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This is the first major volume dedicated to the processes by which people exaggerate their virtues, deemphasize their shortcomings, or protect themselves against threatening feedback. Leading investigators present cutting-edge work on the key role of self-enhancing and self-protective motives in social perception, cognition, judgment, and behavior. Compelling topics include the psychological benefits and risks of self-enhancement and self-protection; personality traits and contextual factors that make certain individuals more likely to hold distorted views of the self; innovative approaches to assessment and measurement; and implications for relationships, achievement, and mental health. The book will be important reading for social and personality psychologists and graduate students; also of interest to developmental and clinical psychologists. It may also serve as a supplemental text in graduate-level courses.
Mark D. Alicke, PhD, is Professor of Psychology at Ohio University. His main research interests are the psychology of the self—including the role of the self in social judgment, social comparison, and self-enhancement biases—and the psychology of blame and moral judgment. Dr. Alicke has served on the editorial board of the Journal of Personality and Social Psychology, as an Associate Editor of Personality and Social Psychology Bulletin, and is currently Editor of Self and Identity. Constantine Sedikides, PhD, is Professor and Director of the Centre for Research on Self and Identity at the University of Southampton, United Kingdom. His research focuses on self and identity and their interplay with emotion and motivation, close relationships, and group processes.
Table of Contents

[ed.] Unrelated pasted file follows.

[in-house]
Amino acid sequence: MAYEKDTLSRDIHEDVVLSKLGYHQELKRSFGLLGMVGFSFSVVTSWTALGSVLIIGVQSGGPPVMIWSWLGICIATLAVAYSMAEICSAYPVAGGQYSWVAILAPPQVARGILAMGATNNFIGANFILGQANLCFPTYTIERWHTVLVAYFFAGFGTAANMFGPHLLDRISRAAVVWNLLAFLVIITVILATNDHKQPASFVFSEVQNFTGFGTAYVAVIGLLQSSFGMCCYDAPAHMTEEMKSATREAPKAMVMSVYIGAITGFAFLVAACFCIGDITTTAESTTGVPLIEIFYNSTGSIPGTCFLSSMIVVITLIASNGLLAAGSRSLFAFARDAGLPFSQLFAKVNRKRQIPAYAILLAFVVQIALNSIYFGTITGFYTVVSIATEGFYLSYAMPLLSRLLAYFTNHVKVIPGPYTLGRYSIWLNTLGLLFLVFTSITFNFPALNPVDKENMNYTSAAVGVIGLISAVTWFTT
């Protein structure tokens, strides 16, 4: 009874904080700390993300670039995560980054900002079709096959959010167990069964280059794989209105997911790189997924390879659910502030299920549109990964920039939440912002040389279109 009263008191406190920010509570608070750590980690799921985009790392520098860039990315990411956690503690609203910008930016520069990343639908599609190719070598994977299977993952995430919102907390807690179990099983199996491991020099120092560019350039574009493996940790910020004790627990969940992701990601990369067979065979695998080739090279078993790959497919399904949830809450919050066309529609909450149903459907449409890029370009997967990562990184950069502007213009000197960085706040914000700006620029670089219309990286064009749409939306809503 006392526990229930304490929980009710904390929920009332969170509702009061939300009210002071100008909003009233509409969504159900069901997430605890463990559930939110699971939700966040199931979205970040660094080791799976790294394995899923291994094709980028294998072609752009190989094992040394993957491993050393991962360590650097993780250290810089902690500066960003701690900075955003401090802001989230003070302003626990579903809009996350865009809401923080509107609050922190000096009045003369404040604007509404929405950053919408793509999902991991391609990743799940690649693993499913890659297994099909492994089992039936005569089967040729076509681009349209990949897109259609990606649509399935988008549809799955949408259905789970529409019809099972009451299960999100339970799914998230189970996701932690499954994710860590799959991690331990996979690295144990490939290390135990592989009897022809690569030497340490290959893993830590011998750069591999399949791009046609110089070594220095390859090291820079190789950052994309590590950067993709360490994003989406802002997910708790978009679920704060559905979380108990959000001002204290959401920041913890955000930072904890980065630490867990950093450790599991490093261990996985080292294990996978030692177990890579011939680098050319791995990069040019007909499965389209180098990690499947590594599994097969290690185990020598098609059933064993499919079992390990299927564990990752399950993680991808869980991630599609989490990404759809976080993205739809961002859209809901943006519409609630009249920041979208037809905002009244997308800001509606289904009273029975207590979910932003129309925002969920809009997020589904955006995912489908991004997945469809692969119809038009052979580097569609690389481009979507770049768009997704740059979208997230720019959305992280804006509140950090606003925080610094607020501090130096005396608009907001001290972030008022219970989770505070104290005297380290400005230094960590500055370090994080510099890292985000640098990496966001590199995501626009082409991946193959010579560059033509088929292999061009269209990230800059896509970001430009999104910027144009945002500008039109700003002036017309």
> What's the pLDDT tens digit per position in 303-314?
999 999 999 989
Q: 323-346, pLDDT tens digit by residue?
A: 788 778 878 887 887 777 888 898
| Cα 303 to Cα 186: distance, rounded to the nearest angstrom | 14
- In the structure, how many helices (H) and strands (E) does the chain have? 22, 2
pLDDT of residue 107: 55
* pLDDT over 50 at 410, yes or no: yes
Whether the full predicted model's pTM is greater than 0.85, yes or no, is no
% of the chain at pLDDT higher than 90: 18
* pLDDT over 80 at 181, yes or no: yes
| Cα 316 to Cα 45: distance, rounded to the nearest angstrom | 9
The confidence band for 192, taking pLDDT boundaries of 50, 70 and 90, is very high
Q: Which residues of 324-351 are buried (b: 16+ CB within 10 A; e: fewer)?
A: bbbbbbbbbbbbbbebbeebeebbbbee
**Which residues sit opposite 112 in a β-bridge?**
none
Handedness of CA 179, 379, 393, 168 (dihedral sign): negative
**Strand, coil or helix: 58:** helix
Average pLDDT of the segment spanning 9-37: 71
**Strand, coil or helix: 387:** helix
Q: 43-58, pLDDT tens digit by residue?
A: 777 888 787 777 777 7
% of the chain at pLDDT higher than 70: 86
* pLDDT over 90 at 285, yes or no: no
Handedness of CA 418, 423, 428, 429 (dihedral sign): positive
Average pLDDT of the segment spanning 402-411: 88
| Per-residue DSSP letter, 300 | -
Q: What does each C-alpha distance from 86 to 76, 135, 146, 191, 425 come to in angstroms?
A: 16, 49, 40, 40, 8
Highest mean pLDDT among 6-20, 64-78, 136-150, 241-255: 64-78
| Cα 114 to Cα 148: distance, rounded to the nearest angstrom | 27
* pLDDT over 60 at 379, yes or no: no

Introduction. Self-Enhancement and Self-Protection: Historical Overview and Conceptual Framework, Mark D. Alicke and Constantine Sedikides I. Neurocognitive Bases of Self-Enhancement and Self-Protection 1. Neural Bases of Approach and Avoidance, Eddie Harmon-Jones 2. Self-Enhancement: A Social Neuroscience Perspective, Jennifer S. Beer and Brent L. Hughes II. Self-Enhancement and Self-Protection in Self-Construal 3. Self-Enhancement via Redefinition: Defining Social Concepts to Ensure Positive Views of the Self, Clayton R. Critcher, Erik G. Helzer, and David Dunning 4. Moral Hypocrisy: A Self-Enhancement/Self-Protection Motive in the Moral Domain, C. Daniel Batson and Elizabeth C. Collins 5. The Role of Time in Self-Enhancement and Self-Protection, Anne E. Wilson and Michael Ross 6. Reconciling Self-Protection with Self-Improvement: Self-Affirmation Theory, David K. Sherman and Kimberly A. Hartson III. Perceptual, Judgmental, and Memory Processes in Self-Enhancement and Self-Protection 7. Of Visions and Desires: Biased Perceptions of the Environment Can Serve Self-Protective Functions, Shana Cole and Emily Balcetis 8. Self-Enhancement and Self-Protection in Social Judgment, Mark D. Alicke and Corey L. Guenther 9. Postdecisional Self-Enhancement and Self-Protection: The Role of the Self in Cognitive Dissonance Processes, Jeff Stone and Elizabeth Focella 10. The Positivity Bias and the Fading Affect Bias in Autobiographical Memory: A Self-Motives Perspective, John J. Skowronski IV. Self-Enhancement and Self-Protection in Interpersonal, Relational, and Group Contexts 11. The Social Consequences of Self-Enhancement and Self-Protection, Vera Hoorens 12. Seeking Pleasure and Avoiding Pain in Interpersonal Relationships, Joanne V. Wood and Amanda L. Forest 13. An Attachment Perspective on Self-Protection and Self-Enhancement, Phillip R. Shaver and Mario Mikulincer 14. To Enhance or Protect the Self?: The Complex Role of Explicit and Implicit Self-Esteem, Tracy DeHart, Julie Longua, and Jennifer Smith 15. Attributions to Discrimination as a Self-Protective Strategy: Evaluating the Evidence, Brenda Major and Dina Eliezer V. Self-Enhancement and Self-Protection in Developmental, Clinical, Health, Personality, and Cultural Contexts 16. Self-Enhancement and Self-Protection in a Developmental Context, Kali H. Trzesniewski, Megan Peggy-Anne Kinal, and M. Brent Donnellan 17. The Breakdown of Self-Enhancing and Self-Protecting Cognitive Biases in Depression, Lauren B. Alloy, Clara A. Wagner, Shimrit K. Black, Rachel K. Gerstein, and Lyn Y. Abramson 18. When Self-Enhancement Drives Health Decisions: Insights from a Terror Management Health Model, Jamie Arndt and Jamie L. Goldenberg 19. Narcissistic Self-Enhancement: Tales of (Successful?) Self-Portrayal, Carolyn C. Morf, Stephan Horvath, and Loredana Torchetti 20. Cultural Perspectives on Self-Enhancement and Self-Protection, Chi-yue Chiu, Ching Wan, Shirley Y.Y. Cheng, Young-hoon Kim, and Yung-jui Yang VI. Boundary Conditions and Methodological Issues in Self-Enhancement and Self-Protection 21. Academic Exaggeration: Pushing Self-Enhancement Boundaries, Richard H. Gramzow 22. Measurement of Self-Enhancement (and Self-Protection), Joachim I. Krueger and Jack C. Wright